9 Fear the LORD, you his saints, for those who fear him lack nothing.
This is the kind of exhortation that is everywhere in the Psalms, but as you focus on it you realize that it makes a uniquely complex demand on the emotions of the worshipper. Generally, you take refuge FROM the things you fear, not IN the things you fear. Here and elsewhere, we are told to trust in God, to regard him as an earthly salvation, but also to live in fear of him. My first impulse is to disregard this as an emotional impossibility, but that would be naive of me. It is actually a common complex of emotions that one might feel for a boss or a commander, and which most people feel to some extent for their parents.

I have oserved from time to time in this blog that the capital-B Bible is not really a small-b bible. If you were to buy a book called, I don't know, "The Gardener's Bible," you would expect a how to book that would present all the information you need in order to be a good gardener in a coherent, instructive fashion. Whereas THE Bible, although flecked here and there with religious rules (some considered important, some obsolete) and with potentially instructive stories, can't at this point really be said to lay down much of a game plan for either how to conduct a moral life or how to conduct one's relationship with God. So, I was excited in Psalm 34:11-14 to see a brief catechism taking shape:
11 Come, my children, listen to me;
I will teach you the fear of the LORD.
12 Whoever of you loves life
and desires to see many good days,
13 keep your tongue from evil
and your lips from speaking lies.
14 Turn from evil and do good;
seek peace and pursue it.
So. Don't lie, reject this vaguely-defined thing called "evil," and seek peace, and you will live a long time. Really? Does David -- a fine one to recommend seeking peace, incidentally -- think we were born yesterday? It's disappointing how often the ringing wisdom of the Psalms crumbles into mere rhetoric when you attend to it. So much of the Psalms treats the banal and obvious (don't lie! avoid evil!), or the meaninglessly vague (turn from evil and do good!), and the nakedly false promises. I've resisted saying this, but I will now: the Psalms are often simply and unambiguously false. Check it out:
19 A righteous man may have many troubles,
but the LORD delivers him from them all;
20 he protects all his bones,
not one of them will be broken.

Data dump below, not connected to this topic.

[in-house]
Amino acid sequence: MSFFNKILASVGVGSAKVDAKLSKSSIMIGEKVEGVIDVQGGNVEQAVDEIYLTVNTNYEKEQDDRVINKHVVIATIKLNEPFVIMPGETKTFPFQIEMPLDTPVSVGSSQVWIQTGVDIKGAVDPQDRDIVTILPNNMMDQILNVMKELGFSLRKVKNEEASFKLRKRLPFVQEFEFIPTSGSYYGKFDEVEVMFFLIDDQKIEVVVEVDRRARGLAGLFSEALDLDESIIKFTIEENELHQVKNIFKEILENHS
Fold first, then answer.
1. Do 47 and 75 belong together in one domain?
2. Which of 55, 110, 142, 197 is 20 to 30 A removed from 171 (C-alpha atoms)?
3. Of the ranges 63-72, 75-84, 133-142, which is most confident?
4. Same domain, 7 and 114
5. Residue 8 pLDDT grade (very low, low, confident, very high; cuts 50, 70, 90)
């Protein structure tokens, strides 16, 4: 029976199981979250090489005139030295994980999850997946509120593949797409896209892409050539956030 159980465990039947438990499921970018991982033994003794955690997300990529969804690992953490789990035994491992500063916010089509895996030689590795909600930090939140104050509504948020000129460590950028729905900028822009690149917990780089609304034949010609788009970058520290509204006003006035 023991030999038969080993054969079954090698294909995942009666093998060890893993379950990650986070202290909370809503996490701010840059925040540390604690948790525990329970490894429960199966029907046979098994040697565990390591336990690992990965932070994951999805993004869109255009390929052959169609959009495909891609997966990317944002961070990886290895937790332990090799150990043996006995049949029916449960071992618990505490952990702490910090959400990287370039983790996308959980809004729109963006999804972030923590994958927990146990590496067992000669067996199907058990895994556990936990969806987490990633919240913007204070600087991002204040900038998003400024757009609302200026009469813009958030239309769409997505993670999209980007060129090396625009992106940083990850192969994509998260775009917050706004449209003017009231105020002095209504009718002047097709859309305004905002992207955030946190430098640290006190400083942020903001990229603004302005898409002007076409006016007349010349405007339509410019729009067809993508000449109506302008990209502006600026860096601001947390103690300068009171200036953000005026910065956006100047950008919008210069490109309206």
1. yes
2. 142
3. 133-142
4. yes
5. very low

Now, it's tempting to me to accept this as absolutely true, because I've never broken a bone. But I don't think this really makes a good acid test for righteousness, do you? Do you think God makes sure that no righteous person ever breaks a bone? Do you, in fact, think that any sensible person has ever really believed such a thing? Of course not! So my question is, what's David putting it in his song for! And more to the point, why is it in the Bible! The presence of stuff like this really makes it hard to make the Bible as a whole seriously.

Psalm 35

David's exhortation to seek peace in Psalm 34 is actually relatively rare in the Psalms, at least relative to more military language. The 35th Psalm is an example of the many songs that employ military themes and metaphors. The third verse is a great encapsulation of David's martial faith; it feels like a radically mixed message to a peacenik like myself, but might resonate nicely with a religious soldier.
3 Brandish spear and javelin against those who pursue me.
Say to my soul, "I am your salvation."
The military Psalms typically condemns "enemies" in ways that strike me as morally childish. An obvious example of this is in verses 7 and 8:
7 Since they hid their net for me without cause
and without cause dug a pit for me,
8 may ruin overtake them by surprise --
may the net they hid entangle them,
may they fall into the pit, to their ruin.
9 Then my soul will rejoice in the LORD
and delight in his salvation.
This is not a seeking after peace, nor even a basic attempt to recognize the humanity of others and wish them well. It is more the grim world view you find when you study marine biology: the desire to kill instead of to die. And perhaps that is sometimes the choice a person or a people was faced with, back in the iron age, but it's not a worldview that requires a religion to support it, nor a core concept that you want in your system of belief if you hope to have a sustainable civilization.

Psalm 37